4 Single man.jpg

5 Munro 1.jpg

The ridge I came up to Mullach nan Coirean sloping up from centre to left.

Path to Stob Ban (seen on the right).



The rising sun pointed out the far end of the ridge.

The walk from Stob Ban to the little lochan was one of my favourite parts of the walk. The initial descent here was steep but the light was warm, and the view of Ben Nevis was breath-taking. I had a spring in my step and felt like I was gliding down. Stupidly, when I arrived at the lochan, I only filled up my 0.5L bottle; I had a good rhythm and didn’t want to stop for too long to take out my platypus. I had also anticipated to come across some water much sooner than I did in the end.

Gritty but fun bit of ridge took me away from Stob Ban .


Looking back at Stob Ban (on the right) and the ridge down to the lochan. One of my favourite sections of the walk.

I powered up the zigzagging stalkers path and arrived at the first junction of the day. I dropped off my bag and set off on Devil’s Ridge to Sgurr A’Mhaim. In my opinion, this was the most nervey part of the walk. It only had a few sections of grade 1 (possibly easy 2) scrambling but the sheer drops either side of a very narrow path made it a hair-raising venture. I reached Sgurr A’Mhaim at 8:30 and replenished myself with a few snacks before swiftly heading back the way I came. On the narrow ridge, I bumped into two middle-aged hill-runners in red t-shirts. One of them looked very fit and the other was struggling and noticeably irritated at falling behind. They had a strong West Highland accent, almost as though their words were naturally being carried away with the wind, so I couldn’t understand all of what they said. However, they told me they were doing Tranter’s Round. I later learnt that this is synonymous with Ramsay’s round and named after Philip Tranter who covered the Mamores, Grey Corries, Aonachs, CMD and Ben Nevis in a single trip in 1964. That amounts to 36 miles and almost 21 thousand feet of ascent. I wished them good luck!

On the same ridge I saw a couple coming towards me. My mind played a trick on me here and convinced me that I knew them. I raised my arms in jubilation and shouted, “what the actual ffff…!?”. They reciprocated and we sped towards each other with open arms. Imagine my surprise when I realised that I had no idea who they were. We shared a laugh and I was grateful that they played along.

Devil's Ridge



Looking back over Devil's Ridge from Sgurr A'Mhaim. Stob Ban to the right, the demoted Munro Sgurr An Lubhair in the middle and Am Bodach just out of view to the left.


Onwards and upwards to Am Bodach via Sgurr An Lubhair (the poor peak stripped of Munro status). This was a straightforward part of the ridge that didn’t pose any difficulties. I reached Am Bodach, my fourth Munro, at 9:45. I was just over a third of the way into the trip and I felt optimistic. The low morning sun accentuated the ridge, and I could start to make out the rest of the way. Unfortunately, the descent from Am Bodach lived up to every reports’ description and was an absolute pain. It was steep with loose boulders balanced on scree. I descended like a clumsy giraffe and was in a foul red-faced mood when I reached the summit of Stob Coire A’ Chairn at 10:20 (the photo of me grinning is lying!). It wasn’t a great way to introduce myself to the crowds of early risers who were walking the Ring of Steall.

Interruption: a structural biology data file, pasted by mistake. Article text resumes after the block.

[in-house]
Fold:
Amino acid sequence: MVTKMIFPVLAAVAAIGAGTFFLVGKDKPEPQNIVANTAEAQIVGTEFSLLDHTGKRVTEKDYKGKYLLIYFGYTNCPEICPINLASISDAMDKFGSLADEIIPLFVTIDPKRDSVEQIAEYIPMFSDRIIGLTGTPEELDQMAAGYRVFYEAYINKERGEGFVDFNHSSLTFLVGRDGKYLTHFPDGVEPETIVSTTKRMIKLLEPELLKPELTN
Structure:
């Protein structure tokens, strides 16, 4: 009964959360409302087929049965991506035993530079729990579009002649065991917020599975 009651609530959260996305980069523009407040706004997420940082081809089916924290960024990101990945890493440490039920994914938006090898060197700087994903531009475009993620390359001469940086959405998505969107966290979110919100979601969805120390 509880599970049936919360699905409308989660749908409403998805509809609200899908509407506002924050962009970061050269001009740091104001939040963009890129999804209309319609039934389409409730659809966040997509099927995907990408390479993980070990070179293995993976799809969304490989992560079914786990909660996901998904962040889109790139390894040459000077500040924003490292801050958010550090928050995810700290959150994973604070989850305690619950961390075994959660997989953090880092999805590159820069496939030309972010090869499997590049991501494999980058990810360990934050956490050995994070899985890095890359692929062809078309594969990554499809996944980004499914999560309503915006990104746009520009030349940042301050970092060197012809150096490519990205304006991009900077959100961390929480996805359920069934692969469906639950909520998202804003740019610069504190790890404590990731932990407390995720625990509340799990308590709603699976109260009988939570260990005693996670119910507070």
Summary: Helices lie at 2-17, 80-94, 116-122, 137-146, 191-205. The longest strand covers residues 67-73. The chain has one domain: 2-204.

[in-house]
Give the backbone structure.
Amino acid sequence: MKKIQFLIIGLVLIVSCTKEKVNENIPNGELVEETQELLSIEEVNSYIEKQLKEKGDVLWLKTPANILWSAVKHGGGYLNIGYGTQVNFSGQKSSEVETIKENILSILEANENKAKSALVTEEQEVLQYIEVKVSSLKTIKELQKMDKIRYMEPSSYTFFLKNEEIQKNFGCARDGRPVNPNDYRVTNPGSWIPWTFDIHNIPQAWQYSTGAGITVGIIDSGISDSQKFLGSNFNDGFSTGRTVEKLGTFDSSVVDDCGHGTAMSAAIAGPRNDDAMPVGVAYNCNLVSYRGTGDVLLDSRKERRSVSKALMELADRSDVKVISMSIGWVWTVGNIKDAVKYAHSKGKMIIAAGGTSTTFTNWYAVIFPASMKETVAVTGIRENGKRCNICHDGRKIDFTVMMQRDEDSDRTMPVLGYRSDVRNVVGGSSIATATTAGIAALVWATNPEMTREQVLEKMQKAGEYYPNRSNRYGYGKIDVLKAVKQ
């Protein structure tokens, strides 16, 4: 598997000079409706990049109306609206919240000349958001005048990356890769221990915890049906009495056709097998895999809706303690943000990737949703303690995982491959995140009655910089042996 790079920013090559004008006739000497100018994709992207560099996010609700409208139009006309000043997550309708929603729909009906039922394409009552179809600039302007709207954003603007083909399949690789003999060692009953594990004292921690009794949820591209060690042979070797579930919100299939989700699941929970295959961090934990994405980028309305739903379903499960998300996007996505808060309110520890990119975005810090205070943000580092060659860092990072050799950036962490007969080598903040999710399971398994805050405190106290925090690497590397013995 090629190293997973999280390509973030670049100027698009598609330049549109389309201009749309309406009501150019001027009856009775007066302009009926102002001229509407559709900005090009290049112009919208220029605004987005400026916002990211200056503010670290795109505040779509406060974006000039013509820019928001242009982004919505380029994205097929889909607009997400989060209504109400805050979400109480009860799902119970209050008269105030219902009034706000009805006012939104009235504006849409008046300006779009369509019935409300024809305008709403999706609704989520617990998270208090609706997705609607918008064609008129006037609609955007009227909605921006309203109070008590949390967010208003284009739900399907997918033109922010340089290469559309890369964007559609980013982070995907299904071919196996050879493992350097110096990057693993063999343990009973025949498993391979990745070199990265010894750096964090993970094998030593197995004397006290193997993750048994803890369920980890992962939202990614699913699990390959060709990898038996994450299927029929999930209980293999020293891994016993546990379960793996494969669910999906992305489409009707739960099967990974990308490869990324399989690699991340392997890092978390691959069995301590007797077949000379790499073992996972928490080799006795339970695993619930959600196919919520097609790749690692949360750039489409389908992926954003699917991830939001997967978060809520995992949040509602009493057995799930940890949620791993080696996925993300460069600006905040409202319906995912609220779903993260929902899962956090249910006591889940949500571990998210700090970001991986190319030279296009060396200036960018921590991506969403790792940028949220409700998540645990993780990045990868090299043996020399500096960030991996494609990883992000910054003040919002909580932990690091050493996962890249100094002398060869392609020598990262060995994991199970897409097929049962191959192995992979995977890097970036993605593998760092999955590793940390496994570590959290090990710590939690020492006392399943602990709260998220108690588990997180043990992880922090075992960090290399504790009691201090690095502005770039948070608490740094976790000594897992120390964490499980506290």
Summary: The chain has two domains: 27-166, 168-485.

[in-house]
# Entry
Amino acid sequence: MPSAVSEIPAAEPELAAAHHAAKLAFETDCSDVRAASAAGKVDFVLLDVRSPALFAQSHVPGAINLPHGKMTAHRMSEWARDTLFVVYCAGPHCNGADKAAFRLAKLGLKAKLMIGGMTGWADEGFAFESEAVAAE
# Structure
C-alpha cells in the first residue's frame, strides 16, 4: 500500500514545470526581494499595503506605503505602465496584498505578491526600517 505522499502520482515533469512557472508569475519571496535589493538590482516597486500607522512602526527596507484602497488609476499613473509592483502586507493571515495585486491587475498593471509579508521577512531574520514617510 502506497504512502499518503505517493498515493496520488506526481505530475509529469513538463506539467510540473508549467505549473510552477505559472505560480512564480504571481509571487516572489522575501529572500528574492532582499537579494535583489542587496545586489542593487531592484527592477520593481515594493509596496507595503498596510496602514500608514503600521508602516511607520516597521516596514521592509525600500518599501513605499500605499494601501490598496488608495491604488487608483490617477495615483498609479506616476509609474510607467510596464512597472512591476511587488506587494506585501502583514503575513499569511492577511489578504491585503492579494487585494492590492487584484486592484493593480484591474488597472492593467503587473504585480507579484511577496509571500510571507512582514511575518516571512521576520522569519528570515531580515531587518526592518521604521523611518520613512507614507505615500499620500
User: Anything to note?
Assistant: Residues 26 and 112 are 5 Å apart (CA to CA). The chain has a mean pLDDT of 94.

This was the next junction. I took a big glug of water, pocketed some snacks and dropped off my bag. I admit, I was disheartened when I looked at the route to An Gearanach “The Complainer”, and I may have complained to anyone I walked past about what on Earth I was doing. I stumbled down from Stob Coire A’Chairn to the bealach and began the scramble (grade 1 /easy grade 2) towards An Gearanach. The crowds were getting thicker and there was some awkward breath-holding covid traffic. Some people took extreme measures to get out of the way on the narrow ridge, which left me questioning their risk assessment. Eventually, I arrived at the village fete that was An Gearanch summit at 10:50. There were at least 30 people there in small groups celebrating their first ascent of the day. Some were enjoying a tinny, otherwise were catching their breath by smoking a joint. The atmosphere was festive. I was a stark contrast to all this. My knees were aching from the two recent descents and I wasn’t looking forward to retracing my steps past the crowds back to my bag. Nevertheless, I took a few snaps, turned on my heel and pushed past wobbly walkers to return to Stob Coire A’Chairn.

Scrambley section to An Gearanch


When I got back to Stob Coire A’Chairn, I hid a little out of sight and slumped next to my bag. It wasn’t even noon and I had already done six Munros. I should have been elated but instead I felt knackered. My knees were sore and the grumpy noise my platypus made when I sucked on the tube suggested I would have to ration my water intake. The sun was directly overhead and blasting mercilessly. I sent a whiny text to my friend who normally joins me on these trips but who was away hiking the Camino de Santiago. ”Push through the pain Pankin [my last name]” he wrote back. Those few words had the desired effect. I stretched my legs, hoisted the bag onto my back and marched down (pretty far down actually) the gentle slope to the bealach between Stob Coire A’Chairn and Na Gruagaichean. It’s a big distance between the two Munros and I lost a lot of height but there was nothing challenging about the terrain. There were some pools of water perhaps 30 or 40 metres below me, but I decided against refilling there despite the temptation of the noise of water. Incidentally, I also came across the Tranter’s round fellas in their red t-shirts again. I had no idea how we caught up with each other and either they did not recognise me or, once again, I couldn’t understand what they were saying.